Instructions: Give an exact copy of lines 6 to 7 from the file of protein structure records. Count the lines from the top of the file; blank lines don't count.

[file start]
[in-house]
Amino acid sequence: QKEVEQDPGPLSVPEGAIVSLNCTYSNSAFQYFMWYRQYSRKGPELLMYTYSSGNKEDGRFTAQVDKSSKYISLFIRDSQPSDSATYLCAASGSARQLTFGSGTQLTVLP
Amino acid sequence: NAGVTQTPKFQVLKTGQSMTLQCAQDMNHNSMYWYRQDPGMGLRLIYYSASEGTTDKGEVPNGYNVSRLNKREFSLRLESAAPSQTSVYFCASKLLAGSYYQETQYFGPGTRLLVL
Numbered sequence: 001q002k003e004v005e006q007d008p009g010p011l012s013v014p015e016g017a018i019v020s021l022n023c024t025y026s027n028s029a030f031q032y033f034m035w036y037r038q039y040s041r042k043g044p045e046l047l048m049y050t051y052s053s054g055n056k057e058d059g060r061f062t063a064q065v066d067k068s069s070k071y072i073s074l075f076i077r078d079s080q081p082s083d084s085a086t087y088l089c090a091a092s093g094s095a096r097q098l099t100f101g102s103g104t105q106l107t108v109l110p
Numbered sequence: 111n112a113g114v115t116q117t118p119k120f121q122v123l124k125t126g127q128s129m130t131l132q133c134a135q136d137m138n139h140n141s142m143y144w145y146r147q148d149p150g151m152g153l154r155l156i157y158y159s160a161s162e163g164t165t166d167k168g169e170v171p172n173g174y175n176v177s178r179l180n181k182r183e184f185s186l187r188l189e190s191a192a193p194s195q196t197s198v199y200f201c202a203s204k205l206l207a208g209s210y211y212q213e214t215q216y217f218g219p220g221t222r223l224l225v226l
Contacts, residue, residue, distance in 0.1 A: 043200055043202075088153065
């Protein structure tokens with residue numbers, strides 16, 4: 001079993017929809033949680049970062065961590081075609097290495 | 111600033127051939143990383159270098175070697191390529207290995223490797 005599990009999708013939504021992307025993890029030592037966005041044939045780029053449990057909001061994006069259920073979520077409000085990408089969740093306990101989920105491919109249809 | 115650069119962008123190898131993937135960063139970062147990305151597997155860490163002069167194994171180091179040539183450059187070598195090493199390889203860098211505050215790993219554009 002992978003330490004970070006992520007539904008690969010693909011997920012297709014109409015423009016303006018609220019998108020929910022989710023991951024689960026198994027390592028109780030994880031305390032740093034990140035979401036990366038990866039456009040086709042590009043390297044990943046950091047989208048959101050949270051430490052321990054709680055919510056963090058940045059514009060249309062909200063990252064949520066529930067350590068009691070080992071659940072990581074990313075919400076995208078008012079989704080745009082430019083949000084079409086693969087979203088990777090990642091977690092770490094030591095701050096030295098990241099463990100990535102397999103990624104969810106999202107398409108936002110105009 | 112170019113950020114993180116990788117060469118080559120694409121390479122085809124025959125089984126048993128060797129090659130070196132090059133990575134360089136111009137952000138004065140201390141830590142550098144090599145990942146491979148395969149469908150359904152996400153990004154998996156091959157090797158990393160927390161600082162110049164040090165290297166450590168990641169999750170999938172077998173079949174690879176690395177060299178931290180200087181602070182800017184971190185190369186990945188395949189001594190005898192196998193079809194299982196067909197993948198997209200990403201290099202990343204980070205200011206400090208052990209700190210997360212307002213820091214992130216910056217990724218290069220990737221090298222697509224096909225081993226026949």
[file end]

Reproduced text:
Contacts, residue, residue, distance in 0.1 A: 043200055043202075088153065
């Protein structure tokens with residue numbers, strides 16, 4: 001079993017929809033949680049970062065961590081075609097290495 | 111600033127051939143990383159270098175070697191390529207290995223490797 005599990009999708013939504021992307025993890029030592037966005041044939045780029053449990057909001061994006069259920073979520077409000085990408089969740093306990101989920105491919109249809 | 115650069119962008123190898131993937135960063139970062147990305151597997155860490163002069167194994171180091179040539183450059187070598195090493199390889203860098211505050215790993219554009 002992978003330490004970070006992520007539904008690969010693909011997920012297709014109409015423009016303006018609220019998108020929910022989710023991951024689960026198994027390592028109780030994880031305390032740093034990140035979401036990366038990866039456009040086709042590009043390297044990943046950091047989208048959101050949270051430490052321990054709680055919510056963090058940045059514009060249309062909200063990252064949520066529930067350590068009691070080992071659940072990581074990313075919400076995208078008012079989704080745009082430019083949000084079409086693969087979203088990777090990642091977690092770490094030591095701050096030295098990241099463990100990535102397999103990624104969810106999202107398409108936002110105009 | 112170019113950020114993180116990788117060469118080559120694409121390479122085809124025959125089984126048993128060797129090659130070196132090059133990575134360089136111009137952000138004065140201390141830590142550098144090599145990942146491979148395969149469908150359904152996400153990004154998996156091959157090797158990393160927390161600082162110049164040090165290297166450590168990641169999750170999938172077998173079949174690879176690395177060299178931290180200087181602070182800017184971190185190369186990945188395949189001594190005898192196998193079809194299982196067909197993948198997209200990403201290099202990343204980070205200011206400090208052990209700190210997360212307002213820091214992130216910056217990724218290069220990737221090298222697509224096909225081993226026949």